Still, the report’s authors believe IS is well-prepared for the fight, having taken advantage of the slow and methodical U.S.-backed campaign to roll back the terror group’s self-declared caliphate.
“ISIS deliberately withdrew and relocated many of its fighters and their families,” the reports states.
“ISIS’s forces are now dispersed across both countries and are waging a capable insurgency,” it says. “ISIS retained a global finance network that funded its transition back to an insurgency and managed to preserve sufficient weapons and other supplies in tunnel systems and other support zones in order to equip its regenerated insurgent force.”
The concerns about a possible IS resurgence are not new.
As far back as August 2018, U.S. defense officials were warning IS was “well-positioned to rebuild and work on enabling its physical caliphate to re-emerge.”
More recently, U.S. Assistant Secretary of State for Stabilization Denise Natali warned, “the threat persists.”
And even this week, a statement by the Global Coalition to Defeat IS, admitted the terror group remains both resilient and undaunted, with cells in Syria and Iraq to conduct an increasing number of attacks against coalition partners and coalition partner forces.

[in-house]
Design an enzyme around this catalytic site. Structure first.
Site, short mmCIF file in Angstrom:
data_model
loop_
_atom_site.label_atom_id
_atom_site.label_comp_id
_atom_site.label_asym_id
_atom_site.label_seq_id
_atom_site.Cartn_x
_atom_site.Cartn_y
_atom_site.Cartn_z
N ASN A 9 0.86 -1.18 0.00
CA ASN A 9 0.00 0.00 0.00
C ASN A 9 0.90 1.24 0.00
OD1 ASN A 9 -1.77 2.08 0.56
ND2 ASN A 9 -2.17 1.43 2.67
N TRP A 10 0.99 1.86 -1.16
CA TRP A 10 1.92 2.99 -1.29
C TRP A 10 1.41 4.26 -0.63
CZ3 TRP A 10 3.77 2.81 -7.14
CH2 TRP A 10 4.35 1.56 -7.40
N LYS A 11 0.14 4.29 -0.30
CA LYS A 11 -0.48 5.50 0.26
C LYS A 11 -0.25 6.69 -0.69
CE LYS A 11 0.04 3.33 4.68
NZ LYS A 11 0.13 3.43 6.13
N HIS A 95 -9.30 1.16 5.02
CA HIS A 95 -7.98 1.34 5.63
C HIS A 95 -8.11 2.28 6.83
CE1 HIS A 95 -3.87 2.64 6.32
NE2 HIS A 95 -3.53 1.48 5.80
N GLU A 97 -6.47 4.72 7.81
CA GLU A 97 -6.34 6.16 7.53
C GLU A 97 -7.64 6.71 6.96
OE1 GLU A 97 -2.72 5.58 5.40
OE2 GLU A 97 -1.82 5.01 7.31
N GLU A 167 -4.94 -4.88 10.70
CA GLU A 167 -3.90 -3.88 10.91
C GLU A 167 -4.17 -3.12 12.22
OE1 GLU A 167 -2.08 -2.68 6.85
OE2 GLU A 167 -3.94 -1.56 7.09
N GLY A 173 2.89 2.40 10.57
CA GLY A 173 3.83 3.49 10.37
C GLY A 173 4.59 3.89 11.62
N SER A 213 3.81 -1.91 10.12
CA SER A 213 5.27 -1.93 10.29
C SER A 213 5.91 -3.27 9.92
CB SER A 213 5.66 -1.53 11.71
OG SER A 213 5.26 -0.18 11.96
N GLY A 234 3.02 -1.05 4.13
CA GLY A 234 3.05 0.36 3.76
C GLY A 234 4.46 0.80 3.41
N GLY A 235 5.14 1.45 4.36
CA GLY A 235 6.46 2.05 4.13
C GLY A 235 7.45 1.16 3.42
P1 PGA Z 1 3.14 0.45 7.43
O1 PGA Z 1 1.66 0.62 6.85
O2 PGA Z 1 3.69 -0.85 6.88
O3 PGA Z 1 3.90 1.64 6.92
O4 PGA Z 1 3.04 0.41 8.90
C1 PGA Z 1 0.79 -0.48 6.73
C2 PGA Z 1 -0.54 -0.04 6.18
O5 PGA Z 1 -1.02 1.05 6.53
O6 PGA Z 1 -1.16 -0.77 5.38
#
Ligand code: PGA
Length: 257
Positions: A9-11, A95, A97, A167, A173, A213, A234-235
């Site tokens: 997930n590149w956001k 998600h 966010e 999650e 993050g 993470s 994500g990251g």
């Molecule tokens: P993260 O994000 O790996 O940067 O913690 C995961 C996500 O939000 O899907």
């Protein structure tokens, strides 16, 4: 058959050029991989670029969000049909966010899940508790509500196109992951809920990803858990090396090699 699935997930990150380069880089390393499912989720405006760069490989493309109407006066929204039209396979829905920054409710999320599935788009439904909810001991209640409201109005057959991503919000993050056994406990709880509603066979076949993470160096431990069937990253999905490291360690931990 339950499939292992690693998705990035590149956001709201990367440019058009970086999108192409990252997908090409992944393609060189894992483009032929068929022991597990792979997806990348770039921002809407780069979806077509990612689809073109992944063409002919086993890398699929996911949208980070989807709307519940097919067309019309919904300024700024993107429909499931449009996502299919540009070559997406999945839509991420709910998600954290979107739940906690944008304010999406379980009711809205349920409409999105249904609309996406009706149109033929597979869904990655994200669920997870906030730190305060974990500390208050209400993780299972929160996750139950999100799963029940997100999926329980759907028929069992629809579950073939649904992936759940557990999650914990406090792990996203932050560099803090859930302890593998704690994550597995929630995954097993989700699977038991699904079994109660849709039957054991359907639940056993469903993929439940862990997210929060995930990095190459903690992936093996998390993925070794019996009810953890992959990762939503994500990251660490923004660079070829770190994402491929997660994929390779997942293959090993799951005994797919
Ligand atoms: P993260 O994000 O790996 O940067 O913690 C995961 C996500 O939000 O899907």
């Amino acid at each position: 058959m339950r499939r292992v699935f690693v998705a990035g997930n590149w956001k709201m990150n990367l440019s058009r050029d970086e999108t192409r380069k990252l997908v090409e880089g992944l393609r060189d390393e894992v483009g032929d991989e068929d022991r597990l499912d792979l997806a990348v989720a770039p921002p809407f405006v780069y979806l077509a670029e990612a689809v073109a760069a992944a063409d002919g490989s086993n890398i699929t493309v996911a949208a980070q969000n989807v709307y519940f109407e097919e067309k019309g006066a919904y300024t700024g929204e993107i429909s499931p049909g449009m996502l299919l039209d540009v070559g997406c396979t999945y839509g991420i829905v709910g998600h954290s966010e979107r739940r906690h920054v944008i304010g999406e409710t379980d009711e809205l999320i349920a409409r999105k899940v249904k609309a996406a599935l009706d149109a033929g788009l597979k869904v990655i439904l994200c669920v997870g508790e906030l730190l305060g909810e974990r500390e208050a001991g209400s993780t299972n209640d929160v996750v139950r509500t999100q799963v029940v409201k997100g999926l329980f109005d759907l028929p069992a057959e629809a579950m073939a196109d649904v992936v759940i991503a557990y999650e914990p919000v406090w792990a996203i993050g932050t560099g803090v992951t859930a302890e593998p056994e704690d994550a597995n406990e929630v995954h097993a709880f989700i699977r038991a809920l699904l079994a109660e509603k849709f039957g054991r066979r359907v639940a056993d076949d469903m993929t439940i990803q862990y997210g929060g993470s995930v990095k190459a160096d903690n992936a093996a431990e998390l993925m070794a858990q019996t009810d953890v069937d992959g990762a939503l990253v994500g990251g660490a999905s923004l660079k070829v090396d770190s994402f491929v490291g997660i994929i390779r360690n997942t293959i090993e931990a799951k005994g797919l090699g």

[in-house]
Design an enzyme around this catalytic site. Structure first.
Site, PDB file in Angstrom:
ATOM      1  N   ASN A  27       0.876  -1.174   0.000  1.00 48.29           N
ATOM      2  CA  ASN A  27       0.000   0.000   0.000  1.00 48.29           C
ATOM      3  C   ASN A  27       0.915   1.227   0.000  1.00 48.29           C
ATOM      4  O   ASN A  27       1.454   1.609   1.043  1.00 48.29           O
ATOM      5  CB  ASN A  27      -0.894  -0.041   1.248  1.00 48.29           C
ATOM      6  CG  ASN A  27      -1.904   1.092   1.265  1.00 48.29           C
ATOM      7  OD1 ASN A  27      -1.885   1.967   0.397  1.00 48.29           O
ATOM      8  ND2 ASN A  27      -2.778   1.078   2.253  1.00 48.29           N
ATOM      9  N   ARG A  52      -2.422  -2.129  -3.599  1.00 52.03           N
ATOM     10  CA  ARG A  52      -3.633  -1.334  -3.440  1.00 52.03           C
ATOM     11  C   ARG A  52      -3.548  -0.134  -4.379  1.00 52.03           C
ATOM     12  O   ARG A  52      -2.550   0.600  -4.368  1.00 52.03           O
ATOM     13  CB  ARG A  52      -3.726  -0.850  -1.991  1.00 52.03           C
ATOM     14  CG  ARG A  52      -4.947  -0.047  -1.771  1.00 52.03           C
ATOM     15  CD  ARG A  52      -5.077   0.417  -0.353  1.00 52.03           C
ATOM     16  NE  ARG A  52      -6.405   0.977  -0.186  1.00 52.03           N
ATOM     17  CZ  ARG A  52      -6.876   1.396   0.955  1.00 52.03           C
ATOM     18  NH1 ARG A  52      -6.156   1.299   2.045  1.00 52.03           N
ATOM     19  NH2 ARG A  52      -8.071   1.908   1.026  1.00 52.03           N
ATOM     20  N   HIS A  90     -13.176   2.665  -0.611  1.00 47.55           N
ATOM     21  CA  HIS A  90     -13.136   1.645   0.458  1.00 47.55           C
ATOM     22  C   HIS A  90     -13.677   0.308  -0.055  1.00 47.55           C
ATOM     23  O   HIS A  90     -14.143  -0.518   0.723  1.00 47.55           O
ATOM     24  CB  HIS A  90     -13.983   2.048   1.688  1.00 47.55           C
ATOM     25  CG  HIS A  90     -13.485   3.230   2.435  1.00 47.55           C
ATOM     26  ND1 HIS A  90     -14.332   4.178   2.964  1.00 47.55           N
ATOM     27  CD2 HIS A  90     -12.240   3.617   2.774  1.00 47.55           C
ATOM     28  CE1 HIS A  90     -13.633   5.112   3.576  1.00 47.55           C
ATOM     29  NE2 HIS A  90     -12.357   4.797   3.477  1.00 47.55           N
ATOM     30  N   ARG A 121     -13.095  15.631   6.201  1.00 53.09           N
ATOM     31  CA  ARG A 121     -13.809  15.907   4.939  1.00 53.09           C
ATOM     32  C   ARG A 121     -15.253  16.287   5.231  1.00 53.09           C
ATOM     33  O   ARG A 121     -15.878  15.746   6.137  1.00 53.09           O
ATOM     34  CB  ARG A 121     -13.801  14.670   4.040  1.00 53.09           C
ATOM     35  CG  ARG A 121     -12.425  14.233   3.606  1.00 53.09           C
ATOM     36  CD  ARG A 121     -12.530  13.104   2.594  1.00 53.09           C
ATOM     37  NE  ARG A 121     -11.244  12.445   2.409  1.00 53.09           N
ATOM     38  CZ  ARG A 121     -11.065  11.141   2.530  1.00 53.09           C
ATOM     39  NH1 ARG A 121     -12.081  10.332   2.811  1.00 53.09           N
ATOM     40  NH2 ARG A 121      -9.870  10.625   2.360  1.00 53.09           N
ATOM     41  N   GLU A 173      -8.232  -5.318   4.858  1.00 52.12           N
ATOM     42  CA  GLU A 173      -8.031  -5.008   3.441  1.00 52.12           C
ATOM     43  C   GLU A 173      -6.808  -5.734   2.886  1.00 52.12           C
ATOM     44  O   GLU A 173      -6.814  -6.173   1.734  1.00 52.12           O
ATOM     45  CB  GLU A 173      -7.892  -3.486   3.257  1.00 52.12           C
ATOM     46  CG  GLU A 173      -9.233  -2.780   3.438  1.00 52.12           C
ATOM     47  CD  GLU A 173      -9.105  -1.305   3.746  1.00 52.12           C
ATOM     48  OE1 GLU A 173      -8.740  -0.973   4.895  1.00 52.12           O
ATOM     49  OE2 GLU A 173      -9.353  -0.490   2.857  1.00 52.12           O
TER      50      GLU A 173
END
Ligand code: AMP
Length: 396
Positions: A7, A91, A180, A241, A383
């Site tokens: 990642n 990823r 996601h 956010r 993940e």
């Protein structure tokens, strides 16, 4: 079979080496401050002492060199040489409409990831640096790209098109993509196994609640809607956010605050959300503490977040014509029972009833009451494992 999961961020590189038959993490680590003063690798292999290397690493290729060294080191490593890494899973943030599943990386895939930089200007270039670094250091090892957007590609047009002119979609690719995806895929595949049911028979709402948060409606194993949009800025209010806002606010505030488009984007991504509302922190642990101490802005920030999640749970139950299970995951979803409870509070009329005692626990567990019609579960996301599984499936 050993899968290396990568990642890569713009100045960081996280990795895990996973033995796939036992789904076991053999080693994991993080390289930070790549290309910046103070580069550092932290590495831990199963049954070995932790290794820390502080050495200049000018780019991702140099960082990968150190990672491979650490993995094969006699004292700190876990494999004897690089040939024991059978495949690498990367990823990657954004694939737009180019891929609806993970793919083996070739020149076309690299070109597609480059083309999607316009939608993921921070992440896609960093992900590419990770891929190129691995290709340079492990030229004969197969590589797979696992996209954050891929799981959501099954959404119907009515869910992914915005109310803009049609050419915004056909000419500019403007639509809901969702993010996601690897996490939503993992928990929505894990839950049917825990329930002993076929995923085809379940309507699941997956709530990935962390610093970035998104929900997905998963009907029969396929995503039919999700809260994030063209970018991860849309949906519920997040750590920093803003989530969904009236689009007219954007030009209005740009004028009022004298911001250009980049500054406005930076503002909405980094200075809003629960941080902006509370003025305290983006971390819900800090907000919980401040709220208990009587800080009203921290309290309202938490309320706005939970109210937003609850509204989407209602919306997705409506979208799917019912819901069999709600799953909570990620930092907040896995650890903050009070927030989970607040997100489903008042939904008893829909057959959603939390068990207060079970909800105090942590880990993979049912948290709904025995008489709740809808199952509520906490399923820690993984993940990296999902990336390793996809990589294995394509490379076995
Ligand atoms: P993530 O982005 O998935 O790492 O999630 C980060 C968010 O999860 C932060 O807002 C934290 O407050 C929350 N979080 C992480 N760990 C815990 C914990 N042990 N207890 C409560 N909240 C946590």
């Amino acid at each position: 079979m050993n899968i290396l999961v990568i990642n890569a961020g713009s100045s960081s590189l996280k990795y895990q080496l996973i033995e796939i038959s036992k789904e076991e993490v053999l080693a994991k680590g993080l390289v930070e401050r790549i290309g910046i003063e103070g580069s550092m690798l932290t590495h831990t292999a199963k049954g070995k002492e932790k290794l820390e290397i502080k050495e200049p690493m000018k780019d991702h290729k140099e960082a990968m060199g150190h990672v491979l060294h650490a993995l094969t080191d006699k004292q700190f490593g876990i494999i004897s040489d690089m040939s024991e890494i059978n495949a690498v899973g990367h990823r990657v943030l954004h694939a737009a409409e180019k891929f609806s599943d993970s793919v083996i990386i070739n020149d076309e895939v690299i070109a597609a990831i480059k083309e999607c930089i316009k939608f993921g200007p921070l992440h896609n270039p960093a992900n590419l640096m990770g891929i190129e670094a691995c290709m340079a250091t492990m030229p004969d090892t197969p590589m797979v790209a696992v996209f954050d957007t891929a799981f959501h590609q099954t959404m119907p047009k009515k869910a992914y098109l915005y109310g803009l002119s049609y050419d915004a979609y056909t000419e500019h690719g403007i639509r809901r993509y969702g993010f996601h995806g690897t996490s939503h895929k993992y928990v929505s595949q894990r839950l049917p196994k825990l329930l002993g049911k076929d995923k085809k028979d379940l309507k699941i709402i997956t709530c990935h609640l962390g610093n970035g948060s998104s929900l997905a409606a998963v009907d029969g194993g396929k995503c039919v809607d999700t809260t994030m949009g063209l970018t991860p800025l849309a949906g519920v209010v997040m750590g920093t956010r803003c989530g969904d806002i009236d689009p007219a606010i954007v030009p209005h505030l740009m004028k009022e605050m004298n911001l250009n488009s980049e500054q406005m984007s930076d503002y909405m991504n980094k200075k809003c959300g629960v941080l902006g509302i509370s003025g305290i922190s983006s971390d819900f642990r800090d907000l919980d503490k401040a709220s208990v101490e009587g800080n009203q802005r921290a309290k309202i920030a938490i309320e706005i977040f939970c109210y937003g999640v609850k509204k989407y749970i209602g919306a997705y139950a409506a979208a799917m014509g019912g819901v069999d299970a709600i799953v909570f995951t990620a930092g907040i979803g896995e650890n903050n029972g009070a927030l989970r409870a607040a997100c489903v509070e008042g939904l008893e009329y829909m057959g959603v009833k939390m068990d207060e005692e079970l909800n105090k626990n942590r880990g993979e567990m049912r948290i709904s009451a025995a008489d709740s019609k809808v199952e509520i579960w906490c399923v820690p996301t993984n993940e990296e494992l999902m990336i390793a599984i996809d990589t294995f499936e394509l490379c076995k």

“This is a major concern for the entire Coalition, as it puts at risk key military gains and the stability necessary for recovery,” the statement said.
Data compiled by the Syrian-based Rojava Information Center and published earlier this month seems to support such concerns.
The center found there were 139 attacks by IS sleeper cells in northeastern Syria alone in May, an increase of 61% over the previous month. The number of deaths also rose, 42% in May to 78, with increases even in previously secure areas.
In addition to the attacks, IS has been blamed for burning hundreds of hectares of farmland in Syria and Iraq.
According to the most recent U.S. estimates, IS still commands at least 10,000 fighters across the two countries. But despite the threat, U.S. troops involved in supporting the fight against IS have been leaving Syria.
“The number of U.S. forces that are present now is quite a bit lower than when the drawdown began,” Chris Maier, the director of the Pentagon’s Defeat IS Task Force, told a small group of reporters last month.
“U.S. force numbers will continue to draw down as conditions continue to, we hope, improve,” he added.
Since then, some U.S. forces have been assigned to return to Syria, but according to U.S. defense officials, their primary mission is to protect forces there from growing threats from Iranian proxies in the region.
The overall trendlines, though, concern the authors of the ISW report, calling the lessening U.S. engagement, especially in Syria, “a critical mistake.”
Instead, the report calls on the U.S. to develop a long-term strategy that combines both military and a plan to address ongoing economic and humanitarian problems.
“Another limited intervention will not be sufficient,” concludes study co-author Jennifer Cafarella.
“The ISIS campaign in Iraq and Syria has demonstrated to ostensibly liberated communities that they are not safe, perpetuating conditions of fear and distrust that will make it increasingly difficult to establish durable and legitimate security and political structures.” (VOA)